6. No evidence of neovascularization on clinical exam including active neovascularization of the iris (small iris tufts are not an exclusion) or angle neovascularization (if the angle is assessed).

  7. No evidence of neovascularization (NV) on fluorescein angiography within the 7-modified ETDRS fields, confirmed by the central Reading Center prior to randomization.

  8. The widest method of imaging available at the site must be used to document whether there is NV present in the periphery; however, presence of NV outside of the 7-modified ETDRS fields on ultrawide field imaging will not be an exclusion provided treatment is not planned.

  9. No center-involved diabetic macular edema (CI-DME) on clinical exam and optical coherence tomography (OCT) central subfield thickness must be below the following gender and OCT-machine specific thresholds:

  10. Zeiss Cirrus: 290 µm in women and 305 µm in men

  11. Heidelberg Spectralis: 305 µm in women and 320 µm in men

  12. Investigator and potential participant are comfortable withholding treatment for DME until there is at least a 10% increase in OCT central subfield thickness with confirmed visual acuity loss (10 letter loss at a single visit or 5 to 9 at two consecutive visits).

  13. Prompt panretinal photocoagulation (PRP) or anti-vascular endothelial growth factor (anti-VEGF) treatment not required AND investigator and potential participant are willing to wait for development of high-risk characteristics (defined in protocol) to treat PDR.

  14. Media clarity, pupillary dilation, and study participant cooperation sufficient to obtain adequate fundus photographs, fluorescein angiogram, and OCT.

  15. Investigator must verify accuracy of OCT scan by ensuring it is centered and of adequate quality (including segmentation line placement)

Exclusion Criteria:

  1. History of chronic renal failure requiring dialysis or kidney transplant.

  2. A condition that, in the opinion of the investigator, would preclude participation in the study (e.g., unstable medical status including blood pressure, cardiovascular disease, and glycemic control).

  3. Initiation of intensive insulin treatment (a pump or multiple daily injections) within 4 months prior to randomization or plans to do so in the next 4 months.

  4. Participation in an investigational trial that involved treatment within 30 days of randomization with any drug that has not received regulatory approval for the indication being studied.

  5. Note: study participants cannot participate in another investigational trial that involves treatment with an investigational drug while participating in the study.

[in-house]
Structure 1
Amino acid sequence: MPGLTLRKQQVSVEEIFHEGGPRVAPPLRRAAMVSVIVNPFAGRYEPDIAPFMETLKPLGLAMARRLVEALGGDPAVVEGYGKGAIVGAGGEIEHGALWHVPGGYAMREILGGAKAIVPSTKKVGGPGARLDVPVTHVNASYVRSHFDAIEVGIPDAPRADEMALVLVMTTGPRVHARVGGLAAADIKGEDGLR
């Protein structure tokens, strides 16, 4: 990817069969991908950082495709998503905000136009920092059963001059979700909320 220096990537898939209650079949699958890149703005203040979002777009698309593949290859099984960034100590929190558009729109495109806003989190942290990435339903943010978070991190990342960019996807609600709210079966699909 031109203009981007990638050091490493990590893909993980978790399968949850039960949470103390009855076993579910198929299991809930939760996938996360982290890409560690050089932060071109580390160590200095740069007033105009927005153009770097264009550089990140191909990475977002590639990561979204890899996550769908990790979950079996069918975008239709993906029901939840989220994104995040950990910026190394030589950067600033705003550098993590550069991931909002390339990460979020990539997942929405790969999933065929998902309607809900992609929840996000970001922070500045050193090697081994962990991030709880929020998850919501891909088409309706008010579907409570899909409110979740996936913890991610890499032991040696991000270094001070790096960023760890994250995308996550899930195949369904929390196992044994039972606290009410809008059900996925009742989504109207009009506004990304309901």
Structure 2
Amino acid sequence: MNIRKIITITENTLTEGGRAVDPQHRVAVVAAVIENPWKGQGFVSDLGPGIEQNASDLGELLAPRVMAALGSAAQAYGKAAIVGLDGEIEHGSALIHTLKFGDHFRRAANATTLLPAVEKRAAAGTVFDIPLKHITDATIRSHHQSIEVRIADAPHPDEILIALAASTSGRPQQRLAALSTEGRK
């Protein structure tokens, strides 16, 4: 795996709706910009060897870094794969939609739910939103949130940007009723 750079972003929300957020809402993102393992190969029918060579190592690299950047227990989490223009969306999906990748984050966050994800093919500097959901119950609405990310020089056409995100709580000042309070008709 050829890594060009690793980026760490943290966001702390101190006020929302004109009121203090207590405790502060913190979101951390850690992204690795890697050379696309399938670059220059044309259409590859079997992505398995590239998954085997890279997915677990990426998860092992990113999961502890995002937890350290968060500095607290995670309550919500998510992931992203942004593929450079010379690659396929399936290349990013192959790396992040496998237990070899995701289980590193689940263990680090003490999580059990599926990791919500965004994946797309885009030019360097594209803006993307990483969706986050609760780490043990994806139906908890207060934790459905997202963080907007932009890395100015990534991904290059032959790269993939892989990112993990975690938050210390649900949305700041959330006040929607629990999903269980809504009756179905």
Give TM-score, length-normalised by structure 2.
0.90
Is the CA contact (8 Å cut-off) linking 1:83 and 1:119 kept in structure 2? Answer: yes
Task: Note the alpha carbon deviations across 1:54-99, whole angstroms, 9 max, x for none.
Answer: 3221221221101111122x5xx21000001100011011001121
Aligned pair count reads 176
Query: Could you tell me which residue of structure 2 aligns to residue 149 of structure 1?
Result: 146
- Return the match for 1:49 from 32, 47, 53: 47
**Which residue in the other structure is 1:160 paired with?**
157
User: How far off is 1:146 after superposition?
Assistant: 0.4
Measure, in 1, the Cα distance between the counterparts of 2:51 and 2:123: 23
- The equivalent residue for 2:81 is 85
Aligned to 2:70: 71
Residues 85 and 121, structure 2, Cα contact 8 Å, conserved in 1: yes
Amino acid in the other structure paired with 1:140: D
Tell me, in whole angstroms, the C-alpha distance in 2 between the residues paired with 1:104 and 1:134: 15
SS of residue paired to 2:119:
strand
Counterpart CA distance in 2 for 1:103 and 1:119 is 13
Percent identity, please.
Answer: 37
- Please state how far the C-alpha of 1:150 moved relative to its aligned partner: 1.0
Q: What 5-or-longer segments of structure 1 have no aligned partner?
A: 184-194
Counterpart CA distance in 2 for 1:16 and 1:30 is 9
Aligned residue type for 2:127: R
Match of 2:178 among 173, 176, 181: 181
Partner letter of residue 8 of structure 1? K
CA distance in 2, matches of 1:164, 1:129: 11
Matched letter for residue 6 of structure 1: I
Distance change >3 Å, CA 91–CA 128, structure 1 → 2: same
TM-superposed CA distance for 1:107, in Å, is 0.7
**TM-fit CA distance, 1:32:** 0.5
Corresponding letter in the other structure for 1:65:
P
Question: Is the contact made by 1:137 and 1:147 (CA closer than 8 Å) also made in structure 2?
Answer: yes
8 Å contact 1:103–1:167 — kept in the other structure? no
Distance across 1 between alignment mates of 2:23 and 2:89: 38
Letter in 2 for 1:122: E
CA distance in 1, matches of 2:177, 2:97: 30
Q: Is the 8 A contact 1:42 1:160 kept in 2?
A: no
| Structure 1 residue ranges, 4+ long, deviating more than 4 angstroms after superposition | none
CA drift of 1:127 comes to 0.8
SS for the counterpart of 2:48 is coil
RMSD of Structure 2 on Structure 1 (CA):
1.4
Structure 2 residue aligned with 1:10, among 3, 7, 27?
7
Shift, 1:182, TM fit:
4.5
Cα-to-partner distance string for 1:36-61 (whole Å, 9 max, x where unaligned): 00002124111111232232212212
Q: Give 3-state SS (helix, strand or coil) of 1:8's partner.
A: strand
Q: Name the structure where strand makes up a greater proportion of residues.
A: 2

6. Known allergy to any component of the study drug or any drug used in the injection prep (including povidone iodine prep).

  7. Known allergy to fluorescein dye.

  8. Blood pressure > 180/110 (systolic above 180 or diastolic above 110).

  9. If blood pressure is brought below 180/110 by anti-hypertensive treatment, individual can become eligible.

  10. Systemic anti-VEGF or pro-VEGF treatment within 4 months prior to randomization.

  11. These drugs should not be used during the study.

  12. For women of child-bearing potential: pregnant or lactating or intending to become pregnant within the next 2 years.

  13. Women who are potential study participants should be questioned about the potential for pregnancy. Investigator judgment is used to determine when a pregnancy test is needed.

  14. Individual is expecting to move out of the area of the clinical center to an area not covered by another Diabetic Retinopathy Clinical Research Network certified clinical center during the next 2 years.

Individual has any of the following ocular characteristics in the eye(s) being evaluated:

  1. Exam or photographic evidence of vitreous hemorrhage or preretinal hemorrhage presumed to be from PDR.

  2. History of prior vitreous hemorrhage or preretinal hemorrhage presumed to be from PDR.

  3. History of prior PRP (defined as ≥100 burns outside of the posterior pole).

  4. An ocular condition is present (other than diabetic retinopathy) that, in the opinion of the investigator, might alter visual acuity during the course of the study (e.g., retinal vein or artery occlusion, uveitis or other ocular inflammatory disease, vitreomacular traction, etc.).

  5. History of DME or diabetic retinopathy treatment with laser or intraocular injections of medication within the prior 12 months and no more than 4 prior intraocular injections at any time in the past.

  6. Enrollment will be limited to a maximum of 25% of the planned sample size with any history of treatment for DME and/or diabetic retinopathy. Once this number of eyes has been enrolled, any history of treatment for DME and/or diabetic retinopathy will be an exclusion criterion.

  7. History of major ocular surgery (including cataract extraction, scleral buckle, any intraocular surgery, etc.) within prior 4 months or anticipated within the next 6 months following randomization.

  8. Any history of vitrectomy.

  9. History of yttrium aluminum garnet capsulotomy performed within 2 months prior to randomization.

  10. Aphakia.

  11. Exam evidence of severe external ocular infection, including conjunctivitis, chalazion, or substantial blepharitis.

  12. Evidence of uncontrolled glaucoma.

  13. Intraocular pressure must be <30, with no more than one topical glaucoma medication, and no documented glaucomatous field loss for the eye to be eligible.

Study duration and period
Four years
Recruitment period
From Aug. 23, 2016
UC Davis Eye Center
4860 Y Street
Sacramento, CA 95817
Angela Beliveau
Research Topic
  • Diabetic Retinopathy
  • Diabetic Macular Edema